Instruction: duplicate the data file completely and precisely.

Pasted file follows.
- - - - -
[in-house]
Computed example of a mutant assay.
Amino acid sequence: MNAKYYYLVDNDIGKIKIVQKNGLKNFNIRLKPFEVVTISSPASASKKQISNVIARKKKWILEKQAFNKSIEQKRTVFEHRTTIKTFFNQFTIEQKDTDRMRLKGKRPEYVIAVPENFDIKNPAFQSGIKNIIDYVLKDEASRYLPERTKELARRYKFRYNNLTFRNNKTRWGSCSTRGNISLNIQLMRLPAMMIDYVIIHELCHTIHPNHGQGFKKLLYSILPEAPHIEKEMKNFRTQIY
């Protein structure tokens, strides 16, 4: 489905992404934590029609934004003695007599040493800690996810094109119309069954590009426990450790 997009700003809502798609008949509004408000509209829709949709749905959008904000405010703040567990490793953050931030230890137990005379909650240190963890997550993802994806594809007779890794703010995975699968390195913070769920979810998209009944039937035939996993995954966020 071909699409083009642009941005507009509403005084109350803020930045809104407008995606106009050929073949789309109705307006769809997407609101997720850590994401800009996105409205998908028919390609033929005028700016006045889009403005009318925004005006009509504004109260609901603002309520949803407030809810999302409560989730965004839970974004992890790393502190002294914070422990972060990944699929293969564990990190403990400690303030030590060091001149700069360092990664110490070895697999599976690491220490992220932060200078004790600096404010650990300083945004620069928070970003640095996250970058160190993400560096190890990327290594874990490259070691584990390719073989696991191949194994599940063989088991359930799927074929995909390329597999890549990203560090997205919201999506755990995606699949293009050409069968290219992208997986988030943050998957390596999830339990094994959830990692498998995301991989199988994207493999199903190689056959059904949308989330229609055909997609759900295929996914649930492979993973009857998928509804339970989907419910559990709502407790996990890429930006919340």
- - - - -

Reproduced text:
[in-house]
Computed example of a mutant assay.
Amino acid sequence: MNAKYYYLVDNDIGKIKIVQKNGLKNFNIRLKPFEVVTISSPASASKKQISNVIARKKKWILEKQAFNKSIEQKRTVFEHRTTIKTFFNQFTIEQKDTDRMRLKGKRPEYVIAVPENFDIKNPAFQSGIKNIIDYVLKDEASRYLPERTKELARRYKFRYNNLTFRNNKTRWGSCSTRGNISLNIQLMRLPAMMIDYVIIHELCHTIHPNHGQGFKKLLYSILPEAPHIEKEMKNFRTQIY
């Protein structure tokens, strides 16, 4: 489905992404934590029609934004003695007599040493800690996810094109119309069954590009426990450790 997009700003809502798609008949509004408000509209829709949709749905959008904000405010703040567990490793953050931030230890137990005379909650240190963890997550993802994806594809007779890794703010995975699968390195913070769920979810998209009944039937035939996993995954966020 071909699409083009642009941005507009509403005084109350803020930045809104407008995606106009050929073949789309109705307006769809997407609101997720850590994401800009996105409205998908028919390609033929005028700016006045889009403005009318925004005006009509504004109260609901603002309520949803407030809810999302409560989730965004839970974004992890790393502190002294914070422990972060990944699929293969564990990190403990400690303030030590060091001149700069360092990664110490070895697999599976690491220490992220932060200078004790600096404010650990300083945004620069928070970003640095996250970058160190993400560096190890990327290594874990490259070691584990390719073989696991191949194994599940063989088991359930799927074929995909390329597999890549990203560090997205919201999506755990995606699949293009050409069968290219992208997986988030943050998957390596999830339990094994959830990692498998995301991989199988994207493999199903190689056959059904949308989330229609055909997609759900295929996914649930492979993973009857998928509804339970989907419910559990709502407790996990890429930006919340």